Unwanted Persons

Blog 4 Sep 2019
239
Hamish Duff. DTMH September 2019

Experiences as a junior doctor in Greece’s largest refugee camp

9,000 refugees live in the Moria refugee camp but it is a home to no-one.

Grace sits opposite me. She wears a fearful, pained expression. Casts furtive glances around the small portacabin. We’re centimetres apart, but the unfathomable distance is created by her experience. The room seems busier for her than for me. Grace has just arrived in camp. This is her first visit to a doctor. Slowly, she begins to speak. There are many physical complaints: headaches, dizziness, abdominal pain. She hears voices at all times: this time they will finish the job; she will never be safe. Every night her scars burn and she relives rape and torture.

We sit for an hour. She tells me what she feels and lives each day. Gradually growing more comfortable, she talks of the flashbacks and voices she hears.

Little can be done to help. A single vulnerable woman in a refugee camp suffering from reactive psychosis secondary to a lifetime of personalised abuse. The severity of her symptoms indicate anti-psychotics and I refer her to MSF (who can see only the most severe cases, and even then with significant delays). She’s accepted for ongoing psychiatric input.

In September 2018 I volunteered as a junior doctor with the Boat Refugee Foundation, a Dutch NGO providing medical care, psychological support and education for children and adults at the Moria refugee camp on the island of Lesbos, Greece. Our team worked between 5pm and midnight when no other medical teams are available to the refugees.

For three weeks I encountered stories like that of Grace. Each individual experience of torture is unique, yet that horror is a commonality shared by the majority of patients who attended the clinic. Sometimes it happens in your native country. Sometimes on the journey looking for safety. 

Approaching the camp, the road drags slowly upwards, crowding and crowding to a vast muddle of humanity. The camp sits in an olive grove, where 9000 people must eat, sleep and try to do more than merely exist within a few hundred square metres. They have arrived from broken countries destroyed by war, safety an unimaginable luxury. They’re searching for a future of any kind.

Originally an identification and registration centre, Moria has sprawled into Greece’s biggest refugee camp: a fixed detention centre with long-term inhabitants. Nearly a million people travelled through Moria in 2015. In March 2016, the EU and Turkey struck a deal: Turkey agreed to take all future illegal immigrants arriving in Europe in exchange for EU membership concessions. The rate of new arrivals in Moria fell, but many refugees face extended waits to leave the camp. They have nowhere to go.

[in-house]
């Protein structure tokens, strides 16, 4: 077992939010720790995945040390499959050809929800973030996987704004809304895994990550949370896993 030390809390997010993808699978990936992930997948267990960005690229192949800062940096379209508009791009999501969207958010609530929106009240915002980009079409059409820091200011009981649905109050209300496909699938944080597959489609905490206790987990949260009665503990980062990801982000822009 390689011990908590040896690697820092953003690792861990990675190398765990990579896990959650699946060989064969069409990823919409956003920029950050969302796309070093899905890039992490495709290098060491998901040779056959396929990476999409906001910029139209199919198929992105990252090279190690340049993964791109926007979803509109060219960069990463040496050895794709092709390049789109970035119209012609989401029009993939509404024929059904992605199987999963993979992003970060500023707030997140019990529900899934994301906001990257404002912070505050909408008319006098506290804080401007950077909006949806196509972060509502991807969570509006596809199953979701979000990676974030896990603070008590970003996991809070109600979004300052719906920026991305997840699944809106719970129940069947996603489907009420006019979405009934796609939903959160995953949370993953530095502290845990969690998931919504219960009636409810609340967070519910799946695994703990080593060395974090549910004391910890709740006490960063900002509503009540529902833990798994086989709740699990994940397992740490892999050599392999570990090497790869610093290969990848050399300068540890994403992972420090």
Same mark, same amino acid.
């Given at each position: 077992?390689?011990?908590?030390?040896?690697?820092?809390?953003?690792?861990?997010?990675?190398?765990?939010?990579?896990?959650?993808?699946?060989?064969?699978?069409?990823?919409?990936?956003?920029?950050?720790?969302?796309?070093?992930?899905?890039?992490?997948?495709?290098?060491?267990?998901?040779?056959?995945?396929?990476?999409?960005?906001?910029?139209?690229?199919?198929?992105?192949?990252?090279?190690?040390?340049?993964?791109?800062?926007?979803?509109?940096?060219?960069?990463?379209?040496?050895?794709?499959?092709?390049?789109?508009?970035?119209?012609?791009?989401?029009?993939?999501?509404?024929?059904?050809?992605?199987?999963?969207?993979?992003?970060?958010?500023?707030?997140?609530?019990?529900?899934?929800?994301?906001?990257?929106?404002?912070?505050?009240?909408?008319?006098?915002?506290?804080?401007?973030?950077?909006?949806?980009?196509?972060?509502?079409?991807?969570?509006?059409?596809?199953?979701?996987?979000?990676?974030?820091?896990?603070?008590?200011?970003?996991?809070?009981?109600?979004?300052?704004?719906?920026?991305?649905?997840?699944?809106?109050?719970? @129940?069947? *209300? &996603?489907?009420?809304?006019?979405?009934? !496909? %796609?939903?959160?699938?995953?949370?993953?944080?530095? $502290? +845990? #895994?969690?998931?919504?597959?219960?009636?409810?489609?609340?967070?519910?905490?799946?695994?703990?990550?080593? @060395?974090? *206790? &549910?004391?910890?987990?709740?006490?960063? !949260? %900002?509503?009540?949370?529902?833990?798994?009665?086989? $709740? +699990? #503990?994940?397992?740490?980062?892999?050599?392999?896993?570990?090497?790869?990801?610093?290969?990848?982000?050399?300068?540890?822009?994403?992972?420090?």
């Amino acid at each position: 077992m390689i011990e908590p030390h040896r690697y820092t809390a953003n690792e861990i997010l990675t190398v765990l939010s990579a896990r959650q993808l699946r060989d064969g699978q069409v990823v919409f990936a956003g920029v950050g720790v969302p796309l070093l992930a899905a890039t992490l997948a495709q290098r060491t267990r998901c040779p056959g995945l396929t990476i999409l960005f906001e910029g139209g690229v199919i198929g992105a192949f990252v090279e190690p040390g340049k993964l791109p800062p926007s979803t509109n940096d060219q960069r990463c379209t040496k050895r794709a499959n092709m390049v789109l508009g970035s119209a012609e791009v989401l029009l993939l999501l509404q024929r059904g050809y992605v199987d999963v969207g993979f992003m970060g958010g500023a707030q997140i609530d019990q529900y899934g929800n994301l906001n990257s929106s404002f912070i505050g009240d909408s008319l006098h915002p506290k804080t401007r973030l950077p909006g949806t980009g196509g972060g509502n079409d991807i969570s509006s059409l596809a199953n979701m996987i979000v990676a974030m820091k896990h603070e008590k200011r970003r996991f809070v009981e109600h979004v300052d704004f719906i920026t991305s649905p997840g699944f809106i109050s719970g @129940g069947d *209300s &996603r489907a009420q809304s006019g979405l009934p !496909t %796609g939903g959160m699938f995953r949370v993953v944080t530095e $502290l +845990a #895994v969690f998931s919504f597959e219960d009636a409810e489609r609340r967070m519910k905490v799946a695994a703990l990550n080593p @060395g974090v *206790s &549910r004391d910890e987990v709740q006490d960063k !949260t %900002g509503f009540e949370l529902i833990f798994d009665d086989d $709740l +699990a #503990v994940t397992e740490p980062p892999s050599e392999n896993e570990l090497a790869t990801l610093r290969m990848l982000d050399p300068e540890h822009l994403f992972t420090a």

Sewage runs freely. Personal space extends as far as you can extend yourself. You sleep on rough stone. Unsupervised children spend nights uncovered in the street. Perhaps you get a tent.

The army hold sway in Moria: no photos and no unaccompanied journalists. The authorities seem happy to allow sewage and waste to build-up: perhaps worsening conditions in the camp will stem new arrivals? But people are unlikely to see these conditions as a significant deterrent. Moria is by few peoples’ estimation a safe place to exist: there have been riots with mass casualties, and individual violence: stabbings, beatings, sexual assault.

NGOs in the camp rely on refugees to act as translators. Most patients speak Arabic, Farsi or French. All eleven of Boat Refugee Foundation’s translators live within the camp. Not only can they translate obscure medical vernacular into another language, they also provide emotional and cultural support for people. They understand what it means to exist as a refugee. An unwanted person.

In Moria, I learned the extent of human resilience. But also what happens when that resilience cracks. How you react to trauma and your surroundings, or how you view your future is deeply steeped in personal belief systems and the culture that raised you. I’ve witnessed catatonia, psychosis, psychogenic symptoms, I’ve experienced a wider range of patients, emotional states and new friendships in three weeks in Lesbos than I have in three years working in the UK. At times I felt pushed to the limit, stressed and struggling to tread water, then immediately deeply guilty for allowing myself to be selfish. After summoning the courage to discuss these feelings with people I’d met for the first time only days before, I realised that we all shared this range of sentiment. Perhaps more importantly, at any given moment, someone else may be at their limit. It is easy to sleepwalk through life. It has taken the death of my sister and three weeks working in Greece’s most overcrowded refugee camp to make me re-evaluate who I am. Turns out, I’m still not sure but that’s ok.

People still arrive en masse at this camp unfit for humanity. Here they will remain for many months. If you are in a position to help, please do. The only thing that separates us is the fortune of where we were born.

A boy is carried into the clinic by several young men screaming emergency. Usually, this means a severe dissociative panic attack. This person’s more pressing problem is a large stab wound in his right leg. He is 16 and has no family. He lives in the unsupervised children section. 15cm of his calf muscles are visible but not damaged. A rival gang member carried out the attack, despite the police allegedly being on guard. For an hour I close the wound.

We talk. It is pleasing to be able to fix some things.